Two hundred years ago next month, a group of people gathered at the County Library in Truro and by the time they left a few hours later, they had established a society of learning and culture that still exists and thrives today.

The Royal Institution of Cornwall (RIC) runs the Royal Cornwall Museum and the Courtney Library which are both housed in the grade II listed building in River Street that the RIC has owned since 1919.

More than half a million objects have been collected and exhibited there – showcasing the outstanding contributions Cornwall has made over the centuries to both science and the arts.

A year-long celebration of the institution is to be held and will be launched on Saturday, February 10.

“It’s a measure of the extraordinary ferment of activity in Cornwall in the early 19th century that the RIC was the first such body to be established outside Britain’s major cities," said Philip Marsden, RIC trustee and celebrated author.

“The Industrial Revolution had produced a hunger for Cornwall’s minerals and, to those who devised efficient ways to extract the, to smelt and transport them, the returns were vast.”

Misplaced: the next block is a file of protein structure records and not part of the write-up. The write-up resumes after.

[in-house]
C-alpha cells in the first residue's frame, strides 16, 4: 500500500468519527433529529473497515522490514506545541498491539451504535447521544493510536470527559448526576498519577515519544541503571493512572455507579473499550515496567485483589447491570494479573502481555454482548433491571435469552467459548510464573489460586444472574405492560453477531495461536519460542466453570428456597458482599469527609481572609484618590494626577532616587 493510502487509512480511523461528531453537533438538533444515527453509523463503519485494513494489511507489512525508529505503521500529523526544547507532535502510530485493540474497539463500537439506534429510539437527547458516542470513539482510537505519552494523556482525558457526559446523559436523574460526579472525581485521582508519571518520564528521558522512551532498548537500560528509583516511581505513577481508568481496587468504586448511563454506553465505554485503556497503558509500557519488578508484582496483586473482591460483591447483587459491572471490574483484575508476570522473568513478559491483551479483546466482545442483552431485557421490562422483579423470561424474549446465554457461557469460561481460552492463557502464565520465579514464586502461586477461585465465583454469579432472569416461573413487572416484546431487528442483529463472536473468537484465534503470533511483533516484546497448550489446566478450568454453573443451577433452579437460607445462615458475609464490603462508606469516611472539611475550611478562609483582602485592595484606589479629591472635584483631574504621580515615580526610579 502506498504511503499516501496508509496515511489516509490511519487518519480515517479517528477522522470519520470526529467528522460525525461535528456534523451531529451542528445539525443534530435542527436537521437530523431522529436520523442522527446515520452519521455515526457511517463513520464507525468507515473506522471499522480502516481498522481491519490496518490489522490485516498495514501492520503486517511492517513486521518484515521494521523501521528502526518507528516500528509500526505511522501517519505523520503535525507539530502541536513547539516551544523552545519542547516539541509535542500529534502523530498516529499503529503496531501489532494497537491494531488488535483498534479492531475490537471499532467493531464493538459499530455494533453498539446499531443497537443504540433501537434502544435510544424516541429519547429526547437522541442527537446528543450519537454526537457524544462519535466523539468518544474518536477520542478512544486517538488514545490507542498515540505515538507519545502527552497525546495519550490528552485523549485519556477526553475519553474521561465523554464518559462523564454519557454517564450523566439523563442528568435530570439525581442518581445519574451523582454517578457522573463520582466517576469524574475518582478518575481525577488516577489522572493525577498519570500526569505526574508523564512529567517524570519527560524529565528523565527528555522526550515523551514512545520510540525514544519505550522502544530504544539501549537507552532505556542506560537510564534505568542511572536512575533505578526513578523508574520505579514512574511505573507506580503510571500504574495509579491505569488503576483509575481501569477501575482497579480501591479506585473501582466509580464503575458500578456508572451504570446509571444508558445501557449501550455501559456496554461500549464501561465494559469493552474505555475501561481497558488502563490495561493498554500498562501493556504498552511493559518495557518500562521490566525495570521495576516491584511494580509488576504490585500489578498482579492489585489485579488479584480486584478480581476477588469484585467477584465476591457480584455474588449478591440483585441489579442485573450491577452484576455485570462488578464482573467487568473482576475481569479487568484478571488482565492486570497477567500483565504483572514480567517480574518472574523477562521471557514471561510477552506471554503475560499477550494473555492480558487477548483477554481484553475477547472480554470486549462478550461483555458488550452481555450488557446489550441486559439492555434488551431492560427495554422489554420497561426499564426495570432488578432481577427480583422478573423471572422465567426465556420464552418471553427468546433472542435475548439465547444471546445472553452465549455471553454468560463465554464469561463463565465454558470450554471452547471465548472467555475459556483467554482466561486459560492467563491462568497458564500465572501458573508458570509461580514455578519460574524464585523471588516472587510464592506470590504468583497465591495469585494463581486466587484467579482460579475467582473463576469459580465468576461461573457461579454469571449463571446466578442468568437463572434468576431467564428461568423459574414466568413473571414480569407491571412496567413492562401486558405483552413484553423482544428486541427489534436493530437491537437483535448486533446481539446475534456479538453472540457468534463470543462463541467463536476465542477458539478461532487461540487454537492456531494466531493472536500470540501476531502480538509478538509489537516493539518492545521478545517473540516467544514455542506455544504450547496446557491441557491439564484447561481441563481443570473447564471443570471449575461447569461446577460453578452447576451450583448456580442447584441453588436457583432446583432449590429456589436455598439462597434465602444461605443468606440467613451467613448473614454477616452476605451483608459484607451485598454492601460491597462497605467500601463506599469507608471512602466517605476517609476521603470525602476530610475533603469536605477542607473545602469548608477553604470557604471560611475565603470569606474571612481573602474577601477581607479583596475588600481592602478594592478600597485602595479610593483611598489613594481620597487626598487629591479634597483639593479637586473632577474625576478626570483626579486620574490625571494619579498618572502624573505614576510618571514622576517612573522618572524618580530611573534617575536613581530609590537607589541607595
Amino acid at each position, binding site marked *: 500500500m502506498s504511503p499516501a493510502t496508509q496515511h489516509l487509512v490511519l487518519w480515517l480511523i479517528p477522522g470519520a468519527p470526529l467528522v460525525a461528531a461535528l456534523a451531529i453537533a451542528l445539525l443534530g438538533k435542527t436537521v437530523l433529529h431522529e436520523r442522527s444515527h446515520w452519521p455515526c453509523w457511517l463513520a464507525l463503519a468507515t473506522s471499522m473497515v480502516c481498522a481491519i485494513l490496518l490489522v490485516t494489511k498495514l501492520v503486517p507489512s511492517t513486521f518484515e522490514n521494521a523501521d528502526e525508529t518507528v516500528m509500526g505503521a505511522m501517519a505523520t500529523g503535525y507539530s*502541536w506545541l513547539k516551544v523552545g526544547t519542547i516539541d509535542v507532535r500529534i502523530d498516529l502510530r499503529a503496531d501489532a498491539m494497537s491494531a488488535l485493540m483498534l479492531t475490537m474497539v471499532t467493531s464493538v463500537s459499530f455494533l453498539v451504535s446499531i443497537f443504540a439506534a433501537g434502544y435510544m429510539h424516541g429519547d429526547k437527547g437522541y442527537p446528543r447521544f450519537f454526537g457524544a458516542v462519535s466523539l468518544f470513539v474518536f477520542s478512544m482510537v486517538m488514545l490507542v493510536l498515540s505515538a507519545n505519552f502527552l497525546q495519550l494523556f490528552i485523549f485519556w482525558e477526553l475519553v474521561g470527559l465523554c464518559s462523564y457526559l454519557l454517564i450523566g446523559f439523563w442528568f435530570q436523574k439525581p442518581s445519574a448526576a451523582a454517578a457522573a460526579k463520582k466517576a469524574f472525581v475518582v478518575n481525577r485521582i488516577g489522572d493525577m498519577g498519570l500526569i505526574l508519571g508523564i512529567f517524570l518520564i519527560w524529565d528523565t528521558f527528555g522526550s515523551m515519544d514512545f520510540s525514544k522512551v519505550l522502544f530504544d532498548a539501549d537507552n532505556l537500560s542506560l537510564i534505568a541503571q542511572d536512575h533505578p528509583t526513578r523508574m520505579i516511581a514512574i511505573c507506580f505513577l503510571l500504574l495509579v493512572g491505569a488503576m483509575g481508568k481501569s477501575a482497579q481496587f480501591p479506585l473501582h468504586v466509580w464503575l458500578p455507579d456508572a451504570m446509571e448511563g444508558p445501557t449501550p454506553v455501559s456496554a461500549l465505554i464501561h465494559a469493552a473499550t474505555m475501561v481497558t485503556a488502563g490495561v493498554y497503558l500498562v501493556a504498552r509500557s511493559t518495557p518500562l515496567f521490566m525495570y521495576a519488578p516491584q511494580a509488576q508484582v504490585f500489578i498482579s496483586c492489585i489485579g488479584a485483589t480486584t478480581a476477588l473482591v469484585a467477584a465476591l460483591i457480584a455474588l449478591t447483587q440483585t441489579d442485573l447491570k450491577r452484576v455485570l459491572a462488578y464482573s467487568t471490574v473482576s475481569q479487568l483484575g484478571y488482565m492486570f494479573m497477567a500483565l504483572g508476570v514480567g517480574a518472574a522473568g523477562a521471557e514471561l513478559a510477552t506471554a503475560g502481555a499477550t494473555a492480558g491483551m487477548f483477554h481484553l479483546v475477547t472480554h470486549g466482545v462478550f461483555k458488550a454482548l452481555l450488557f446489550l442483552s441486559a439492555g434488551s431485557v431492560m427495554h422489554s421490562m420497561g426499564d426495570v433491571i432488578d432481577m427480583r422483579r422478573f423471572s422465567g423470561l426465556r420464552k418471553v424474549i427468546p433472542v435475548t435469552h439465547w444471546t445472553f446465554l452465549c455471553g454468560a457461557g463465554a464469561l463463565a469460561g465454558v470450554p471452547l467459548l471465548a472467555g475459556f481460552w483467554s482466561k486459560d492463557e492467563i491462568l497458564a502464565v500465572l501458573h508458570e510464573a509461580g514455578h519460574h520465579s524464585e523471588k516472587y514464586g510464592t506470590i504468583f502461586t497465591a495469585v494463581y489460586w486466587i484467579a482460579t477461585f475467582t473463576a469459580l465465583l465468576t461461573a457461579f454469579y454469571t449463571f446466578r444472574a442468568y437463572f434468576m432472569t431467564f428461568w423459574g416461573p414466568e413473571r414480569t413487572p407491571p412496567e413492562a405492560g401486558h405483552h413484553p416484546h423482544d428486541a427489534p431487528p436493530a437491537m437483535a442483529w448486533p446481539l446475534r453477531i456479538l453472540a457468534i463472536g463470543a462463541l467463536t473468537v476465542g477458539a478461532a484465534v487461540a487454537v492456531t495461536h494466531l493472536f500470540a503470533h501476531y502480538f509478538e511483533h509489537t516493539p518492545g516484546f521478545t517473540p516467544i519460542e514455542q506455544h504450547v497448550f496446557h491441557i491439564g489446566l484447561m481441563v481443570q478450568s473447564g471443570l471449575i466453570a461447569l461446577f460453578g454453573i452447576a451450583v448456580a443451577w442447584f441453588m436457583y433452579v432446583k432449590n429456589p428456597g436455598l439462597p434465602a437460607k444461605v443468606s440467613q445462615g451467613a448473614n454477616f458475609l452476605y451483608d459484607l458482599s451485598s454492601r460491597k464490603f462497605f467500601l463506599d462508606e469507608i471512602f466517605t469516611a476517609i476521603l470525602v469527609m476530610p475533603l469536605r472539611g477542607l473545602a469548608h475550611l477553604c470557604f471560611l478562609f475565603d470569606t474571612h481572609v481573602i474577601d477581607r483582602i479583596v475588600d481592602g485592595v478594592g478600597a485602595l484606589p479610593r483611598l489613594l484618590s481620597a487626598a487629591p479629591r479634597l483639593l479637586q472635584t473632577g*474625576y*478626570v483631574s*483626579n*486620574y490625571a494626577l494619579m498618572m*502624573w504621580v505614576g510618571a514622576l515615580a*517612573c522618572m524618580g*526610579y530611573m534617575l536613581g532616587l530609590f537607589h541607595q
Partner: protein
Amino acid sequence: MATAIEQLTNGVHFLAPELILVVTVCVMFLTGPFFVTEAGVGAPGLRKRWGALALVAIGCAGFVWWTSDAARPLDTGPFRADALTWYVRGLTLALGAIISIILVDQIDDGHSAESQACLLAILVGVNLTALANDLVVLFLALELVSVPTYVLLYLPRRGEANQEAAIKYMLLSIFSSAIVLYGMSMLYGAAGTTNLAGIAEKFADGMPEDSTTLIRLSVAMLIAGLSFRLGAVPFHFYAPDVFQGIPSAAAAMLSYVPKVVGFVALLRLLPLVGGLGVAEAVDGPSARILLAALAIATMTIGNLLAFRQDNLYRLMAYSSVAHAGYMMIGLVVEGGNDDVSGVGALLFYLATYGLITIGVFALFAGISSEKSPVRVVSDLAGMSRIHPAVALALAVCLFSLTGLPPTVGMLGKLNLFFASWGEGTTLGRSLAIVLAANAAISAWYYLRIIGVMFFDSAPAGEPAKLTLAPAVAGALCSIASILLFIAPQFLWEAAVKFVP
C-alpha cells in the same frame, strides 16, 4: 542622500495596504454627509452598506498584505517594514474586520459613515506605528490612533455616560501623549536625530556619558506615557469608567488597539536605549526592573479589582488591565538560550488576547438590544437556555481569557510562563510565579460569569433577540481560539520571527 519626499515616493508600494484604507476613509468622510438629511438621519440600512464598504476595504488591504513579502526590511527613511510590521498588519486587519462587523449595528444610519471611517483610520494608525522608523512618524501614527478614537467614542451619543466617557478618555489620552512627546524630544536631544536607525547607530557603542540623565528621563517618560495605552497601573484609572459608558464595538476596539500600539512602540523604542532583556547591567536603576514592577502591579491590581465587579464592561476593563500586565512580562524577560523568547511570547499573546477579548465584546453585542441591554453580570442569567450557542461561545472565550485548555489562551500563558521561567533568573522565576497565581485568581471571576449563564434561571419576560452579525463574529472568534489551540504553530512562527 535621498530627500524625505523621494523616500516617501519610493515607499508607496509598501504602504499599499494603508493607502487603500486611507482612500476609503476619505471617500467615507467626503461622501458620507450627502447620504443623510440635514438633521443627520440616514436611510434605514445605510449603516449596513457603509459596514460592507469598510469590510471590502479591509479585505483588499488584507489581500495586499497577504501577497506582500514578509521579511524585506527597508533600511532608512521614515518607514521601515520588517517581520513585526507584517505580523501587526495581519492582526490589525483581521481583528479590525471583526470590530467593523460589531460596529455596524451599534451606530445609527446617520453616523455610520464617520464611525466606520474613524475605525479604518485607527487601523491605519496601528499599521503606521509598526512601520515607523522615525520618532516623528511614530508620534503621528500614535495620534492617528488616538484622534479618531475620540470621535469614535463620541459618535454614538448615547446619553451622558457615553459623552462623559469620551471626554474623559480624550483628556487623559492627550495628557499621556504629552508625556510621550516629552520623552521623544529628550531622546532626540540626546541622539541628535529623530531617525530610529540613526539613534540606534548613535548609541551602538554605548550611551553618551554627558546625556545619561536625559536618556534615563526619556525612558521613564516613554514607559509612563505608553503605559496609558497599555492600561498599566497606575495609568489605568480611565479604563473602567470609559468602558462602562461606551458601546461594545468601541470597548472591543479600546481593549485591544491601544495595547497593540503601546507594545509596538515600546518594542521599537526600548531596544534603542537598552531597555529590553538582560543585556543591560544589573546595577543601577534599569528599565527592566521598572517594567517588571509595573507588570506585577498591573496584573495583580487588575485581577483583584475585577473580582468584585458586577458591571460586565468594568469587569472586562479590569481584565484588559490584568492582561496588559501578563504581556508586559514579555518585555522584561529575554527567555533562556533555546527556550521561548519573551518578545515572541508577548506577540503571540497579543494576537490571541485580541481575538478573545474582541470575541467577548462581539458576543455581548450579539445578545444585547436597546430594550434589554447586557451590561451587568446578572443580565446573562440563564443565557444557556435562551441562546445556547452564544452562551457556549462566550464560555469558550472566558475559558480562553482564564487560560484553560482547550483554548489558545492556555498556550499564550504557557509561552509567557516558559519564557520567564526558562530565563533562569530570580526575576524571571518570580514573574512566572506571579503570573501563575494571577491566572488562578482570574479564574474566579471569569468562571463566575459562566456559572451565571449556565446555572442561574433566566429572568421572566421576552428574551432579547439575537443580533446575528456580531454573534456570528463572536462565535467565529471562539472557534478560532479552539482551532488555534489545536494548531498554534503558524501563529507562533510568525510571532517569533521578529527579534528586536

One of the RIC's first actions, in 1818, was to buy equipment for a laboratory which analysed minerals. Samples were left of the different rocks brought in for assessment by those involved in the local mines and so the RIC’s mineral collection was born.

The museum’s director, Ian Wall, said: “RIC 200 is a year-long celebration of the past, present and future of the institution and we’re planning a range of exhibitions and events to showcase the different ways in which Cornwall has made an impact on the world.

“Cornwall’s 450 recorded minerals, for example, represent 15 per cent of all those found in the world – and more than a third of them are deemed ‘rare’ or ‘ultra-rare’.

“There’s a lot to be extremely proud of in our past, but the RIC isn’t just about looking after our heritage, it’s about helping to forge our future too through inspiration and education. Our workshops, lectures and activities reflect our ongoing aim and vision and we look forward to opening our doors to thousands of visitors in 2018.”

The museum is currently closed in preparation for the 200 launch and will re-open to the public on February 6.

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